Clone all repositories of a user at Github

Sometimes you want to clone all of a user’s repositories on Github onto your own computer. Depending on the number of repositories, this can be a bit time-consuming to download each one manually with “git clone”. To automate this you can use the following script. For example, let’s call the script


if [ $# -eq 0 ]
    echo "Usage: $0 <user_name> "


for repo in $(curl -s"$USER"/repos?per_page=1000 |grep git_url |awk '{print $2}'| sed 's/"\(.*\)",/\1/');do
git clone "$repo";

To download the repositories in question, simply run ./ $username. Instead of $username, enter the name of the user at Github.


Find active fork on Github

From time to time I like to use sshfs to mount a directory locally via SSH. However, the development of the project was stopped a few months ago. Today I wanted to see if there is an actively developed fork of sshfs.

Unfortunately, this is not so easy, at least directly via Via you can view the forks but they are sorted alphabetically. Because there are currently 403 forks of sshfs on github, it could take a while to find the most current fork. Or you can use There you only have to enter the address of the project (e.g. and you will get a list of forks sorted by activity. With the button “Add Condition” you can customize the search query according to your needs.

Of course, it would be better if you could sort the list directly at Github. However,, which is based on Gitea, is no better in this respect and also only offers the alphabetically sorted list.


Use Github with Mercurial

A week or two ago I broke one of my git repositories. Because the solution cost me a lot of time, too many nerves and two commits, I have now returned to Mercurial. This tool may not be as powerful as Git, but the error messages and documentation are much easier to understand in my opinion.

However, I still want to use Github because of its widespread use. Be it to publish something there myself or to participate in third-party projects. Mercurial offers a plugin called Hg-Git for this purpose. With it, you can download a Git repository and it is automatically converted into a Mercurial repository locally. If you now make changes, they are then changed to be compatible with Git before being uploaded to a Git repository. Setting up Hg-Git is also quite simple.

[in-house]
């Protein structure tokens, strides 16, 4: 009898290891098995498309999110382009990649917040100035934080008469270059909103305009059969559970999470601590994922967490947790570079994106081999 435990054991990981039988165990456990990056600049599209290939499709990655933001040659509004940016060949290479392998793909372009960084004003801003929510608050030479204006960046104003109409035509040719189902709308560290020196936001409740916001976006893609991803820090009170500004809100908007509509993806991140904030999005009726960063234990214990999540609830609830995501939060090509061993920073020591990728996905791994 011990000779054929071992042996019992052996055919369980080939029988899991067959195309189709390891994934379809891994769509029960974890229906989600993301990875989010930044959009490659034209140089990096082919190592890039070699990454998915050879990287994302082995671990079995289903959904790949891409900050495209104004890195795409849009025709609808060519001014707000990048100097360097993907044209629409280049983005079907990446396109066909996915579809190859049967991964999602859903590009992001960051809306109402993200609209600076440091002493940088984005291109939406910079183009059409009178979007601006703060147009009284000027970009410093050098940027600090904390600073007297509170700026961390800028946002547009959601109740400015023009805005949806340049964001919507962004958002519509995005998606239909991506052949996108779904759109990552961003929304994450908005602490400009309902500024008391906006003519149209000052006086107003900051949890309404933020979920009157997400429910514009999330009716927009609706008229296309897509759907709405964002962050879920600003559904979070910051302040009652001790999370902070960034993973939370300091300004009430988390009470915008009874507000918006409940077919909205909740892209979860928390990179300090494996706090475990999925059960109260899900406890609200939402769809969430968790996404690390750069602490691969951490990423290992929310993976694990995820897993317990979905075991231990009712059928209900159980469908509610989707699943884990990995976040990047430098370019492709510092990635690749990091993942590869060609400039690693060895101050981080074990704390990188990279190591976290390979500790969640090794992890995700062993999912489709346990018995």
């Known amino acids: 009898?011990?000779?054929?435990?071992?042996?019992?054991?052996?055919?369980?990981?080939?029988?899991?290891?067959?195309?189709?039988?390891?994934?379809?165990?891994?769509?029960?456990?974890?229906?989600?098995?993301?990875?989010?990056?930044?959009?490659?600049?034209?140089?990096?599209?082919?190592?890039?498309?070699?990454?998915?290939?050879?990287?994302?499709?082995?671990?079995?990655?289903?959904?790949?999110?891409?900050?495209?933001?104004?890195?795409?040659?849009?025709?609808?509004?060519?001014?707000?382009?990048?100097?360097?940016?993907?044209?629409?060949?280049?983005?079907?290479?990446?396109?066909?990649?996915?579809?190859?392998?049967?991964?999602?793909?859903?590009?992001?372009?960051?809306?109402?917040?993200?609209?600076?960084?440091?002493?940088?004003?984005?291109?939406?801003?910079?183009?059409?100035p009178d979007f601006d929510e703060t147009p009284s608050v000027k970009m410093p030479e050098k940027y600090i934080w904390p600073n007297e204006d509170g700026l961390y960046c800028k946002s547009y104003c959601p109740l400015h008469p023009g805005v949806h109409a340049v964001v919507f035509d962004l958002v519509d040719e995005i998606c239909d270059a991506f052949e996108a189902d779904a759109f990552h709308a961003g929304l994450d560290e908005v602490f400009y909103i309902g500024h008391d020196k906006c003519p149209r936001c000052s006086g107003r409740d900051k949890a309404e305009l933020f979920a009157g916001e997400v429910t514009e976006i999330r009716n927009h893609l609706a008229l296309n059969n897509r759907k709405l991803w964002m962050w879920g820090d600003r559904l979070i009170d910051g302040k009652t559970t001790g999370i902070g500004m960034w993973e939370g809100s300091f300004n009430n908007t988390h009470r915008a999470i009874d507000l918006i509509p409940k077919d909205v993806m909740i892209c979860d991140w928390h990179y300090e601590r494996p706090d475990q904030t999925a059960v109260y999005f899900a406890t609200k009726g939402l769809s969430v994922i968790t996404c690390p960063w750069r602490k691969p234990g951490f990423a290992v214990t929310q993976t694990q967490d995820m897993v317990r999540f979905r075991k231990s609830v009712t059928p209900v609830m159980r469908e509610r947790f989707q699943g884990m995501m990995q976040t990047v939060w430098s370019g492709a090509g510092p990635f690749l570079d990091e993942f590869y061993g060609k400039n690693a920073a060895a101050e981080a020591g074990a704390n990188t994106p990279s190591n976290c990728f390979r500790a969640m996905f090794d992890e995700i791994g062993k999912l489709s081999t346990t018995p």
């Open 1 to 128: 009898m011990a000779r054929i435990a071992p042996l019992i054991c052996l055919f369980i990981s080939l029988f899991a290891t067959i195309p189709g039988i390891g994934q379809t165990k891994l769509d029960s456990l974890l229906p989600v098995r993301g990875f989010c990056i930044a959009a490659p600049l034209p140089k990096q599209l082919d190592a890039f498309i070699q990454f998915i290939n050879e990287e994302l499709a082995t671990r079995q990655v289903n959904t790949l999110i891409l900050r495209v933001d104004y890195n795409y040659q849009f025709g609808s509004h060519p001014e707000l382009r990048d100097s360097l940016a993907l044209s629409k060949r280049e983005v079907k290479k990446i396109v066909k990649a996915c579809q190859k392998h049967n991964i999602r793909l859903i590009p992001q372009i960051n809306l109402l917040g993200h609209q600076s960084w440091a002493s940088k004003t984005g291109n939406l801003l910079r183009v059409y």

For the following instructions, I assume that both Mercurial and python-dulwich are installed on the computer and that the directory Projects exists in the home directory. Of course, you can give the directory a different name.

First, change to the Projects directory in the terminal emulator of your choice and download the Hg-Git files there.

cd ~/Projects
hg clone hg-git

Alternatively, you can install Hg-Git via the package management of your distribution.

Next, add the following content to the .hgrc file in the home directory. If the file does not yet exist, simply create it and enter the three lines.

hgext.bookmarks =
hggit = ~/Projects/hg-git/hggit

Line two activates the plugin Bookmarks, which in this case simulates branches. Line three activates the Hg-Git plugin that we just downloaded.

In the Projects directory, we now download a Git repository with the following command (please adapt the Github address and the target directory fryboyter.git to your own circumstances).

hg clone fryboyter.hg

Because this converts from Git to Merurial, it may take some time depending on the size of the repository.

Next, change to the directory in which the Mercurial repository now created is located. In this example, this is fryboyter.hg. Finally, execute the command hg bookmark -f main there. Instead of main, you must enter the name of the main branch. Otherwise Mercurial will not recognise any changes during a push.

Now everything should work. In my tests, I was able to pull from Github and push to Github without any problems. That’s all I really need in my case. What I noticed during the whole process is that the local Mercurial repository is less than 30 MB in size. The local Git repository, on the other hand, takes up a bit more than 60 MB of space. That’s not the end of the world, but it’s still an interesting detail.

OSBN | General